federalism, which had been the organisational principle of the precapitalist era. That was why Bakunin found most of this adherents in Italy, Spain, and Russia, in countries where capitalist development was backward. Marx's supporters, on the other hand, were recruited from lands of advanced capitalist development, those with an industrial proletariat. The two men represented two successive phases of social revolution. Furthermore, Bakunin looked upon man rather as the subject of history who, 'having the devil in his body," spontaneously ripens for the revolution, and merely needs to have his chains broken; but Marx regarded man rather as the object, who much slowly be trained for action, in order that, marshaled for class activity, he may play his part as a factor of history. The two outlooks might have been combined, for in combination they supply the actual picture of man in history. But in the case of both of these champions, the necessary compromise was rendered impossible by the orthodox rigidity of intellectual dogmatism, by deficient elasticity of the will, and by the narrow circumstances of space and time, so that in actual fact they became adversaries. Then, owing to their respective temperaments, owing to the divergences in mental structure which found expression in behaviour, their opposition in concrete matters developed into personal enmity."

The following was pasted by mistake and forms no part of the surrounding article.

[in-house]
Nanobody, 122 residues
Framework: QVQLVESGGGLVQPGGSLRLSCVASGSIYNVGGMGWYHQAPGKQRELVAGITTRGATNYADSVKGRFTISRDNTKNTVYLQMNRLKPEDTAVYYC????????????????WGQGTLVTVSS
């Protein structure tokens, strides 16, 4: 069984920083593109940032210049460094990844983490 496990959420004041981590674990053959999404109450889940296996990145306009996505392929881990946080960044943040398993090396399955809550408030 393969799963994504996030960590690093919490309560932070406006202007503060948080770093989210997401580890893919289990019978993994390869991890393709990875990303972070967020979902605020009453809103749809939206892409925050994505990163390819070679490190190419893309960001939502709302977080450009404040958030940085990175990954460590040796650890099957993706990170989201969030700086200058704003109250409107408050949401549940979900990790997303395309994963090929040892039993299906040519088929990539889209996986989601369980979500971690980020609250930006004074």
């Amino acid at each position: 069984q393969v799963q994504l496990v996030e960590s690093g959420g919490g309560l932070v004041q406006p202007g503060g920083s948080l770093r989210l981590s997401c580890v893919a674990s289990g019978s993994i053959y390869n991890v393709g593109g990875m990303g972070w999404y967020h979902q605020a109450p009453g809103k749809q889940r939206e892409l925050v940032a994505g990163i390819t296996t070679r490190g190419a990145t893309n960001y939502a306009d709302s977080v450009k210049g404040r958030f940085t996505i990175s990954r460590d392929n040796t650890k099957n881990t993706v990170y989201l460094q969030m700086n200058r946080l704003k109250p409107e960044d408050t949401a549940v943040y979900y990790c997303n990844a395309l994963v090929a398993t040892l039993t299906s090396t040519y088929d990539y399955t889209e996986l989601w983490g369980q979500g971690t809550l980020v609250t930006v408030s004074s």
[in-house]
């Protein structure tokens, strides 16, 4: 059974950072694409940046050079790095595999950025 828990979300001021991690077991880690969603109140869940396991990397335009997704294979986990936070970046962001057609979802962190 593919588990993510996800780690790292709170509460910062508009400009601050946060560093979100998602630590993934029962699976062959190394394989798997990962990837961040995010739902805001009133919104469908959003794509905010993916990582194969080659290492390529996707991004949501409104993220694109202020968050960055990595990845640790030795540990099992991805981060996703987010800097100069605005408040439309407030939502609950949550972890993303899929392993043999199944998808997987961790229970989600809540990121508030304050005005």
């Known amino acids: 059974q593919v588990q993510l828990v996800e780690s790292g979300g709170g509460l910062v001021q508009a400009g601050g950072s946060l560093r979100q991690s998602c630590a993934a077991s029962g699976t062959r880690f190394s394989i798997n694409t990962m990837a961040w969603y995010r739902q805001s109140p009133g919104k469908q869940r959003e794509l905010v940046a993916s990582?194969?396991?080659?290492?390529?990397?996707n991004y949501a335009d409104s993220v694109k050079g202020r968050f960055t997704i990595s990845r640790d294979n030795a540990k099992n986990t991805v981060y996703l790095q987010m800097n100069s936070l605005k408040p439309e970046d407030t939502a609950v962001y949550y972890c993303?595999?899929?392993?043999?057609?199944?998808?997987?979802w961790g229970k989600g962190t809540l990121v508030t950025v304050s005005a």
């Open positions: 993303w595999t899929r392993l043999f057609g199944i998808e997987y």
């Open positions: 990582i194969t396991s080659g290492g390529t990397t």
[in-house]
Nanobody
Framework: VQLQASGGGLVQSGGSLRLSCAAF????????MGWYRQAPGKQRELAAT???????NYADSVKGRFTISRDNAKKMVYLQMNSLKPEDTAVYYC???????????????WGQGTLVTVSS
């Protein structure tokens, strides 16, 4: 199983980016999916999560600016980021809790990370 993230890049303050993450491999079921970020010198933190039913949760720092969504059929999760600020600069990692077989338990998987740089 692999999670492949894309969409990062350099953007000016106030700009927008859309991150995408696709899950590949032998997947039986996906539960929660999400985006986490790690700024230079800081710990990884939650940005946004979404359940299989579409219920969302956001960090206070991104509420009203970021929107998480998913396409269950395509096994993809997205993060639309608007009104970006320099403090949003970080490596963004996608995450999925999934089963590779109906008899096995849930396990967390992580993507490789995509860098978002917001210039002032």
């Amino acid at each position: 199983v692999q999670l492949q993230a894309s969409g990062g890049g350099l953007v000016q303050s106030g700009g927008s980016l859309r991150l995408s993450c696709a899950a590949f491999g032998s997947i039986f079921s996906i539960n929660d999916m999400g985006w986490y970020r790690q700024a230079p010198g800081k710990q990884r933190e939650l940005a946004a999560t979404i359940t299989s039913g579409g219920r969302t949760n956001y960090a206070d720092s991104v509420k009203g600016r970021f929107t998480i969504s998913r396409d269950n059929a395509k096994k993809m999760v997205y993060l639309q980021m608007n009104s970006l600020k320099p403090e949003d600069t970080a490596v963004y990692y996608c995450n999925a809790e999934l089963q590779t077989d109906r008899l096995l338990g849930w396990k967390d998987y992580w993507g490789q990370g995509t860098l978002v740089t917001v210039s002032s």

Mehring defends Marx too eloquently. When we gaze at the world to-day, and the condition of the Labour Movement, we must feel that there was much more to be said for Bakunin's approach than for that of Marx.
Inspired by Marx, the General Council of the International refused to accept the affiliation of the Alliance. The affiliation was proposed by the Genevese section which was led by Bakunin.
Marx now denounced the Bakuninst programme as: "an olla podrida of worn-out commonplaces, thoughtless chatter; a rose-garland of empty motions, and insipid improvisation."
Marx feared the influence of Bakunin among the homeworkers in the watchmaking industry of the Neuchatel and Bernese Jura. In 1865, Dr. Coullery had founded, in La Chaux des Fonds, a section of the International. Its principal leader was James Guillaume, a teacher at the Industrial School in Le Locle. The Jura section was federalistically inclined and soon became ardent supports of Bakunin. He amalgamated their groups into a federal council; founded a weekly, Egalite, and started a vigorous revolutionary movement. In London this aroused the impression that Bakunin was trying to capture the International. At the Basle Congress of the International, on September 5 and 6, 1869, Bakunin was no longer, as he had been in Brussels, alone against the Marxian front, but was backed up by a resolute phalanx of supporters. It was obvious that Bakunin's influence was on the increase. This became especially plain during the discussion on the question of direct legislation by the people (initiative and referendum).
At this Congress, Bakunin once more brought to a head the slanders that the Marxists had circulated concerning him. His opponents had tried to check his influence by a flood of suspicions and invectives.